MET in gastric cancer with liver metastasis: The relationship between MET amplification and Met overexpression in primary stomach tumors and liver metastasis

Han S. Kim, Hong J. Chon, Hyunki Kim, Su Jin Shin, Volker Wacheck, Aaron M. Gruver, Jong S. Kim, Sun Y. Rha, Hyun C. Chung

Research output: Contribution to journalArticle

4 Citations (Scopus)

Abstract

Background and Objectives: Although MET amplification/overexpression was observed in a subset of gastric cancer (GC) patients, the relationship between MET amplification/overexpression in primary GC and liver metastasis was unclear. Methods: GC samples and matched liver metastases (N = 47) were analyzed by fluorescence/silver in-situ hybridization (FISH/SISH) and by immunohistochemistry for MET amplification and MET expression, respectively. MET-copy number (CN) and Met expression data from The Cancer Genome Atlas Stomach Adenocarcinoma (TCGA-STAD, N = 356) were also analyzed. Results: Significant overlap existed between MET amplification and Met expression in both primary stomach tumors (P = 0.013) and liver metastasis (P = 0.001). In TCGA-STAD, MET-CN (≥4 copies) and MET expression were also positively correlated (r = 0.761; P = 0.017). Comparative analysis revealed a strong association between MET expression and MET amplification (85% concurrence) in primary stomach tumors and matched liver metastasis. MET status in synchronous liver metastasis (N = 36) was correlated with primary stomach tumors. However, a significant correlation between primary tumors and liver metastases was not observed in patients with metachronous liver metastasis. Survival analyses revealed that both MET amplification and MET overexpression were prognostic of poor outcomes. Conclusions: MET amplification and Met overexpression were positively correlated in GC. MET status should be re-evaluated in GC patients with liver metastasis, especially for metachronous metastasis.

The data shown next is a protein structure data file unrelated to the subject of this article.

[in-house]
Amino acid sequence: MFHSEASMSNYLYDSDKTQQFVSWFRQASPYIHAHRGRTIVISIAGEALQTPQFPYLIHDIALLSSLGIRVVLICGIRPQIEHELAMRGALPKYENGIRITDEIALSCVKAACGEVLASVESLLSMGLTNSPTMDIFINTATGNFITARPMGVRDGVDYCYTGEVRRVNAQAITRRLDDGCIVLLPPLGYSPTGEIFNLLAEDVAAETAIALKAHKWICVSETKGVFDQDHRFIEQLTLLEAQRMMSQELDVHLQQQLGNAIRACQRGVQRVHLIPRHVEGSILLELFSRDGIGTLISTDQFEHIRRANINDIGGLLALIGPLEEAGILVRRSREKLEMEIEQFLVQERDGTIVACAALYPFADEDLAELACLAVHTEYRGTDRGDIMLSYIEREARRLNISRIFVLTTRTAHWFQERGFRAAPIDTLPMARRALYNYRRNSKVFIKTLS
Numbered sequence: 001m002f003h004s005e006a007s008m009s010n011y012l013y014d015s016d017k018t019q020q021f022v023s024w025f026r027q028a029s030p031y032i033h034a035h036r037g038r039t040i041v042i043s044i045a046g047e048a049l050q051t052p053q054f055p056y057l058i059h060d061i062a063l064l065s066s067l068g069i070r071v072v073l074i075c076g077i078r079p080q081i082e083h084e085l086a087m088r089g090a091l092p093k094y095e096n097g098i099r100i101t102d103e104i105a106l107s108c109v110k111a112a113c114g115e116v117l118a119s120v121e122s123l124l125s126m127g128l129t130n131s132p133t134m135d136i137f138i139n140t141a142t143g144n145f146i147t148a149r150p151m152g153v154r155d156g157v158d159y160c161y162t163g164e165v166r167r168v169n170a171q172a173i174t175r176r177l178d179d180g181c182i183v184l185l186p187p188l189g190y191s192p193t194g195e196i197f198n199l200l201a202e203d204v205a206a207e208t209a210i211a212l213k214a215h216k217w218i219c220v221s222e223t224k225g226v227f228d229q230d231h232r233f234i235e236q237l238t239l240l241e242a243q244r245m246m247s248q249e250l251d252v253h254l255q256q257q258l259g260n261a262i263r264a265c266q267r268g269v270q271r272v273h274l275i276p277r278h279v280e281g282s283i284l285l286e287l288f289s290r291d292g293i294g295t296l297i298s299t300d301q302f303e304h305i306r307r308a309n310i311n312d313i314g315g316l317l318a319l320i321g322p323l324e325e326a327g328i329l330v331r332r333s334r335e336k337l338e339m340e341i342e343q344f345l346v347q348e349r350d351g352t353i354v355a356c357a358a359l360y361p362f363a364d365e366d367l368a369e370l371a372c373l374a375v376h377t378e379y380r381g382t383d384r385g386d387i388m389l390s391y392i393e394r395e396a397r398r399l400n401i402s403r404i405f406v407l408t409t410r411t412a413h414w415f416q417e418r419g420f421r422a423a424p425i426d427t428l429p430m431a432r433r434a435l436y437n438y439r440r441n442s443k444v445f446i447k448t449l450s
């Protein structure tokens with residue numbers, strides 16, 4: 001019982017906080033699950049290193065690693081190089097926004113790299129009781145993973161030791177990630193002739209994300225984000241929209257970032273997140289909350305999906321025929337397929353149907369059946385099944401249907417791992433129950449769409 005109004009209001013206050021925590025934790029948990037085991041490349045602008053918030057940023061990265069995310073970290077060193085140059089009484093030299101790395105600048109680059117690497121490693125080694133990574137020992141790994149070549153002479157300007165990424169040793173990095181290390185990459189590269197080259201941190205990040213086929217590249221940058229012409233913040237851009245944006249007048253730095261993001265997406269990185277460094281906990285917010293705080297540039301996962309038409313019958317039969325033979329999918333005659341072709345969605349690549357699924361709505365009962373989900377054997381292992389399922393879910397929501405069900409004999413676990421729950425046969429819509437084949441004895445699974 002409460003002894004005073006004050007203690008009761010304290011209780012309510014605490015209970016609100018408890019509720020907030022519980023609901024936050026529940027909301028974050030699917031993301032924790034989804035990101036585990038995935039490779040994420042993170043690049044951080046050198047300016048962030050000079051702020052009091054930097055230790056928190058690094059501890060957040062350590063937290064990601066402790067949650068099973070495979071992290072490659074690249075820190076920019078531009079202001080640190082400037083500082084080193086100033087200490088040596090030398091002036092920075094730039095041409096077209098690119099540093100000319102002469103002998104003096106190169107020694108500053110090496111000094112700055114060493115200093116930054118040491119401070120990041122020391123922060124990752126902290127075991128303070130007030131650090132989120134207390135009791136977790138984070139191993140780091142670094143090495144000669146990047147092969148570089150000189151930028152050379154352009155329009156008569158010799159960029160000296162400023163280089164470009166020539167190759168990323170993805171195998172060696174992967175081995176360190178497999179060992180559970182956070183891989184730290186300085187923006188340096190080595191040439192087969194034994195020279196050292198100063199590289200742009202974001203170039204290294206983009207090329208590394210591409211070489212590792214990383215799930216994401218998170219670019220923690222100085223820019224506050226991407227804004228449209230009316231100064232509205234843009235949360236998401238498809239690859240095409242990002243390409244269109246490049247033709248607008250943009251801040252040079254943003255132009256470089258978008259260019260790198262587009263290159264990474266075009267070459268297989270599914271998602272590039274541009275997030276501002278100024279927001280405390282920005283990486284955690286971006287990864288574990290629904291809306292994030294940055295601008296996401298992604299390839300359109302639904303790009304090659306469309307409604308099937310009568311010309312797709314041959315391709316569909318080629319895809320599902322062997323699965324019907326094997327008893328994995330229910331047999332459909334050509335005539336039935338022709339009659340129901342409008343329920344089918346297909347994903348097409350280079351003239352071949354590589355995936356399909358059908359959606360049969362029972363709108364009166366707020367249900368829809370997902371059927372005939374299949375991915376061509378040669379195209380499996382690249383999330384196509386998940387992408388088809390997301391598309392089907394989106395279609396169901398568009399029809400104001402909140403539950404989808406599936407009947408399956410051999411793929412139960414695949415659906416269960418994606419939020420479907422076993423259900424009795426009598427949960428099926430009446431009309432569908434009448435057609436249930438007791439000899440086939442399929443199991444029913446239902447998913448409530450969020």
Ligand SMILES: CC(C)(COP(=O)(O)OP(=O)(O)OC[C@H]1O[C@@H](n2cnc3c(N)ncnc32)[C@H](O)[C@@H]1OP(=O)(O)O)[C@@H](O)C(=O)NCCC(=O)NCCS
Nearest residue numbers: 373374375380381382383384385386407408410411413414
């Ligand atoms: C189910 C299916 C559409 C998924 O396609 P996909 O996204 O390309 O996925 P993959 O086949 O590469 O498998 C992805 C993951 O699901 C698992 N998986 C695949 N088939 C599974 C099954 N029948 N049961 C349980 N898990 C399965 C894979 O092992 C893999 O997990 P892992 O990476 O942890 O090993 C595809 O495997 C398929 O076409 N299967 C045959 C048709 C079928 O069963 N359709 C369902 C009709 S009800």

Original languageEnglish
Pages (from-to)1679-1686
Number of pages8
JournalJournal of surgical oncology
Volume117
Issue number8
DOIs
Publication statusPublished - 2018 Jun 15

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Liver Neoplasms
Stomach Neoplasms
Stomach
Neoplasm Metastasis
Liver
Neoplasms
Atlases
Survival Analysis
Fluorescence In Situ Hybridization
Silver
Adenocarcinoma
Immunohistochemistry
Genome

All Science Journal Classification (ASJC) codes

  • Surgery
  • Oncology

Cite this

Kim, Han S. ; Chon, Hong J. ; Kim, Hyunki ; Shin, Su Jin ; Wacheck, Volker ; Gruver, Aaron M. ; Kim, Jong S. ; Rha, Sun Y. ; Chung, Hyun C. / MET in gastric cancer with liver metastasis : The relationship between MET amplification and Met overexpression in primary stomach tumors and liver metastasis. In: Journal of surgical oncology. 2018 ; Vol. 117, No. 8. pp. 1679-1686.
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title = "MET in gastric cancer with liver metastasis: The relationship between MET amplification and Met overexpression in primary stomach tumors and liver metastasis",